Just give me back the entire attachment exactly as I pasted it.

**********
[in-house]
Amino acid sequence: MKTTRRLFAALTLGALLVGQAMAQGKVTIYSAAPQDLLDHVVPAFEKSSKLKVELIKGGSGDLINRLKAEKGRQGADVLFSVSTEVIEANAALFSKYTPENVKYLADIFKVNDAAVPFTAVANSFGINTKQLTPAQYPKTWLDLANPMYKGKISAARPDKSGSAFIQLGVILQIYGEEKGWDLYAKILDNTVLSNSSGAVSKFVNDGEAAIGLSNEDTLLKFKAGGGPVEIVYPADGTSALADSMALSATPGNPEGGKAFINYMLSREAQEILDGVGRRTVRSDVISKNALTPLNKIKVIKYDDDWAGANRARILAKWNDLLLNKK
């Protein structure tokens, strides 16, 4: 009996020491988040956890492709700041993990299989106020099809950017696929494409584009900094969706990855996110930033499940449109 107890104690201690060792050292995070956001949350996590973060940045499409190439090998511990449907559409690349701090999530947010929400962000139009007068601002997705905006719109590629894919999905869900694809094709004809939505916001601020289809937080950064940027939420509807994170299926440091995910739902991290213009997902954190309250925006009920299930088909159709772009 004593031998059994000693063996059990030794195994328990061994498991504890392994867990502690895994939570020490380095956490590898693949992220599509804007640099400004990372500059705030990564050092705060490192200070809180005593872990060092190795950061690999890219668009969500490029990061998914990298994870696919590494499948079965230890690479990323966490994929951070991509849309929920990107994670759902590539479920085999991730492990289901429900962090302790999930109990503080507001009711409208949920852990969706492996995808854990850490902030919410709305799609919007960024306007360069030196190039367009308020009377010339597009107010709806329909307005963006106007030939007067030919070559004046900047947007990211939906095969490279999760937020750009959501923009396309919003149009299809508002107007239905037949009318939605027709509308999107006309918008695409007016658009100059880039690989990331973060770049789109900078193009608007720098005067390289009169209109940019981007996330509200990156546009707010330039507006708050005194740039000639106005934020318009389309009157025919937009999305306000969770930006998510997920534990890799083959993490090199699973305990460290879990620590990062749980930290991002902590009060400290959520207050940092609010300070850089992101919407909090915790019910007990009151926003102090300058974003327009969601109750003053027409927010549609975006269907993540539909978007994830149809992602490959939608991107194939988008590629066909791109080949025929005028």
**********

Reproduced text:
[in-house]
Amino acid sequence: MKTTRRLFAALTLGALLVGQAMAQGKVTIYSAAPQDLLDHVVPAFEKSSKLKVELIKGGSGDLINRLKAEKGRQGADVLFSVSTEVIEANAALFSKYTPENVKYLADIFKVNDAAVPFTAVANSFGINTKQLTPAQYPKTWLDLANPMYKGKISAARPDKSGSAFIQLGVILQIYGEEKGWDLYAKILDNTVLSNSSGAVSKFVNDGEAAIGLSNEDTLLKFKAGGGPVEIVYPADGTSALADSMALSATPGNPEGGKAFINYMLSREAQEILDGVGRRTVRSDVISKNALTPLNKIKVIKYDDDWAGANRARILAKWNDLLLNKK
């Protein structure tokens, strides 16, 4: 009996020491988040956890492709700041993990299989106020099809950017696929494409584009900094969706990855996110930033499940449109 107890104690201690060792050292995070956001949350996590973060940045499409190439090998511990449907559409690349701090999530947010929400962000139009007068601002997705905006719109590629894919999905869900694809094709004809939505916001601020289809937080950064940027939420509807994170299926440091995910739902991290213009997902954190309250925006009920299930088909159709772009 004593031998059994000693063996059990030794195994328990061994498991504890392994867990502690895994939570020490380095956490590898693949992220599509804007640099400004990372500059705030990564050092705060490192200070809180005593872990060092190795950061690999890219668009969500490029990061998914990298994870696919590494499948079965230890690479990323966490994929951070991509849309929920990107994670759902590539479920085999991730492990289901429900962090302790999930109990503080507001009711409208949920852990969706492996995808854990850490902030919410709305799609919007960024306007360069030196190039367009308020009377010339597009107010709806329909307005963006106007030939007067030919070559004046900047947007990211939906095969490279999760937020750009959501923009396309919003149009299809508002107007239905037949009318939605027709509308999107006309918008695409007016658009100059880039690989990331973060770049789109900078193009608007720098005067390289009169209109940019981007996330509200990156546009707010330039507006708050005194740039000639106005934020318009389309009157025919937009999305306000969770930006998510997920534990890799083959993490090199699973305990460290879990620590990062749980930290991002902590009060400290959520207050940092609010300070850089992101919407909090915790019910007990009151926003102090300058974003327009969601109750003053027409927010549609975006269907993540539909978007994830149809992602490959939608991107194939988008590629066909791109080949025929005028």